Comparative biogeochemistry-ecosystem-human interactions on dynamic continental margins

Lisa A. Levin, Kon Kee Liu, Kay Christian Emeis, Denise L. Breitburg, James Cloern, Curtis Deutsch, Michele Giani, Anne Goffart, Eileen E. Hofmann, Zouhair Lachkar, Karin Limburg, Su Mei Liu, Enrique Montes, Wajih Naqvi, Olivier Ragueneau, Christophe Rabouille, Santosh Kumar Sarkar, Dennis P. Swaney, Paul Wassman, Karen F. Wishner

Research output: Contribution to journalArticlepeer-review


The oceans' continental margins face strong and rapid change, forced by a combination of direct human activity, anthropogenic CO2-induced climate change, and natural variability. Stimulated by discussions in Goa, India at the IMBER IMBIZO III, we (1) provide an overview of the drivers of biogeochemical variation and change on margins, (2) compare temporal trends in hydrographic and biogeochemical data across different margins, (3) review ecosystem responses to these changes, (4) highlight the importance of margin time series for detecting and attributing change and (5) examine societal responses to changing margin biogeochemistry and ecosystems. We synthesize information over a wide range of margin settings in order to identify the commonalities and distinctions among continental margin ecosystems. Key drivers of biogeochemical variation include long-term climate cycles, CO2-induced warming, acidification, and deoxygenation, as well as sea level rise, eutrophication, hydrologic and water cycle alteration, changing land use, fishing, and species invasion. Ecosystem responses are complex and impact major margin services. These include primary production, fisheries production, nutrient cycling, shoreline protection, chemical buffering, and biodiversity. Despite regional differences, the societal consequences of these changes are unarguably large and mandate coherent actions to reduce, mitigate and adapt to multiple stressors on continental margins.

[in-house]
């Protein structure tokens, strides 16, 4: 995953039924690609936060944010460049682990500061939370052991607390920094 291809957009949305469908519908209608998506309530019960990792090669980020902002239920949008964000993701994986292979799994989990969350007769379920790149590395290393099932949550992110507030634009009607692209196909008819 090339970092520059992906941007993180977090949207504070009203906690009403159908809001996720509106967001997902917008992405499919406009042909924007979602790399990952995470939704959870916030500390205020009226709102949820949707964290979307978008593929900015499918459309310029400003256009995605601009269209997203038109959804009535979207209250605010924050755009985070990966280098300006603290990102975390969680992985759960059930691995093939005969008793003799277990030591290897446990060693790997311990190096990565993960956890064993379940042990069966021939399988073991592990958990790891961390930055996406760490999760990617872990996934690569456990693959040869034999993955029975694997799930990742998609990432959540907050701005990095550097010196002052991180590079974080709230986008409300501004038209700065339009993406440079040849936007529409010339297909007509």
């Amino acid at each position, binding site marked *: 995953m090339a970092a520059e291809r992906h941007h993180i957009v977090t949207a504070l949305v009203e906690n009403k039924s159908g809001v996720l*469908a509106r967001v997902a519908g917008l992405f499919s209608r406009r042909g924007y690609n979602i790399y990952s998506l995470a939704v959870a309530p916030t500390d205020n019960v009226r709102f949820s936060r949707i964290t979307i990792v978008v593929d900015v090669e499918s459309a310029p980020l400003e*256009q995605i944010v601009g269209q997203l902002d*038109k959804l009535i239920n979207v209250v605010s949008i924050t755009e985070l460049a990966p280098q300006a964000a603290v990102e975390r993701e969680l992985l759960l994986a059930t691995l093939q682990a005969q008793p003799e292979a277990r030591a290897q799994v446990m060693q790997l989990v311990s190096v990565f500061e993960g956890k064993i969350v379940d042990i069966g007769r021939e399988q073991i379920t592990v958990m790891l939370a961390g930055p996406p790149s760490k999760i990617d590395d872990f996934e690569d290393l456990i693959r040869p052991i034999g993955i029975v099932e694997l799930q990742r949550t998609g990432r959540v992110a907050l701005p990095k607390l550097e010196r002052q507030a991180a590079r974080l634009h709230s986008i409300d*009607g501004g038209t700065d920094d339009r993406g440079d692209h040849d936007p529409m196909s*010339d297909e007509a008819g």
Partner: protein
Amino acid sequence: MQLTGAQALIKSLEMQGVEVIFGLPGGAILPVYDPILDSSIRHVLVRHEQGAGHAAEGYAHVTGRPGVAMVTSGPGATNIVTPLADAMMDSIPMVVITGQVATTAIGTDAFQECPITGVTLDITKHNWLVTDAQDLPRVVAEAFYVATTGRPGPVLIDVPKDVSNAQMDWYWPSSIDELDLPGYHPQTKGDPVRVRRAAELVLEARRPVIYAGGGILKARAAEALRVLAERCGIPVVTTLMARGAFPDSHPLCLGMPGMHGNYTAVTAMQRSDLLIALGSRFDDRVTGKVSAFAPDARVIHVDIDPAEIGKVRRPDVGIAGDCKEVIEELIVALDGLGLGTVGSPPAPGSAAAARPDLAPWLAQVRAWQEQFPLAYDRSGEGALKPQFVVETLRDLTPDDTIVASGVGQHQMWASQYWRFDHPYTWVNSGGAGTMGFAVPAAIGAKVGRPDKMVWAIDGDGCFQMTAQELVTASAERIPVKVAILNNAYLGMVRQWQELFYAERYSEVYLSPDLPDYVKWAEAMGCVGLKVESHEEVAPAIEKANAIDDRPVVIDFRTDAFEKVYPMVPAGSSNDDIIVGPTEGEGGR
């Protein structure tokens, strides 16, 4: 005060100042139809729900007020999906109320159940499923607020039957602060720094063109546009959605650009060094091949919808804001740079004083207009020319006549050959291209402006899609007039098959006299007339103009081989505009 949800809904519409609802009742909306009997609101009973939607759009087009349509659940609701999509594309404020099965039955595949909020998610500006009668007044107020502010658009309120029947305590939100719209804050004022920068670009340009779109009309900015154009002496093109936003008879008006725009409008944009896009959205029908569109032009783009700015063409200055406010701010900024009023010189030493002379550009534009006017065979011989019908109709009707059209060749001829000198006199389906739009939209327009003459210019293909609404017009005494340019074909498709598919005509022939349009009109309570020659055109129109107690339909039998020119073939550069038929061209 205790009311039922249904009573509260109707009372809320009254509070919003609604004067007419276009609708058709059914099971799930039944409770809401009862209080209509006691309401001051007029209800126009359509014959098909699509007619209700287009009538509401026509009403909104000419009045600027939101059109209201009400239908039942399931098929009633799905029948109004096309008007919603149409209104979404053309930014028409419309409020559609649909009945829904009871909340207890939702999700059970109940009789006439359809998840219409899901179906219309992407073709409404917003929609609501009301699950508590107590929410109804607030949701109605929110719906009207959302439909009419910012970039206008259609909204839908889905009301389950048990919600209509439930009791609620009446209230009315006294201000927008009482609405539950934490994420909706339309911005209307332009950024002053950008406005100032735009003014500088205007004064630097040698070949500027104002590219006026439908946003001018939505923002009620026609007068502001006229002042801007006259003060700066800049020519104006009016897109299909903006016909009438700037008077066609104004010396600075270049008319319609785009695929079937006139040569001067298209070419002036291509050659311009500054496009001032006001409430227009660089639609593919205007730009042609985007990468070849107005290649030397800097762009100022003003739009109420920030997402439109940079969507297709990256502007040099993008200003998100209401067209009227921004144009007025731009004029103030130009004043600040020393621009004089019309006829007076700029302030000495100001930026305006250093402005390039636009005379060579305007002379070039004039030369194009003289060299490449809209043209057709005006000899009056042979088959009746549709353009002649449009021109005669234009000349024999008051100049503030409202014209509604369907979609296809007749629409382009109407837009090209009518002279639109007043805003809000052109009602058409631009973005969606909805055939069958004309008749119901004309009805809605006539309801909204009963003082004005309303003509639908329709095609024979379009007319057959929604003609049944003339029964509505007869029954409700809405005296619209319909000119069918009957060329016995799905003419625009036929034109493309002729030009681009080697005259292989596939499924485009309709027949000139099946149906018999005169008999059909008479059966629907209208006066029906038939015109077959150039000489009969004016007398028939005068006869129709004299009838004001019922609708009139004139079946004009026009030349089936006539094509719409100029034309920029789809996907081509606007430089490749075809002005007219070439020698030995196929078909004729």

Original languageEnglish (US)
Pages (from-to)3-17
Number of pages15
JournalJournal of Marine Systems
StatePublished - Jan 1 2015


  • Anthropogenic factors
  • Climate change
  • Coastal biogeochemistry
  • Ecosystem services
  • Eutrophication
  • Time series

ASJC Scopus subject areas

  • Oceanography
  • Ecology, Evolution, Behavior and Systematics
  • Aquatic Science


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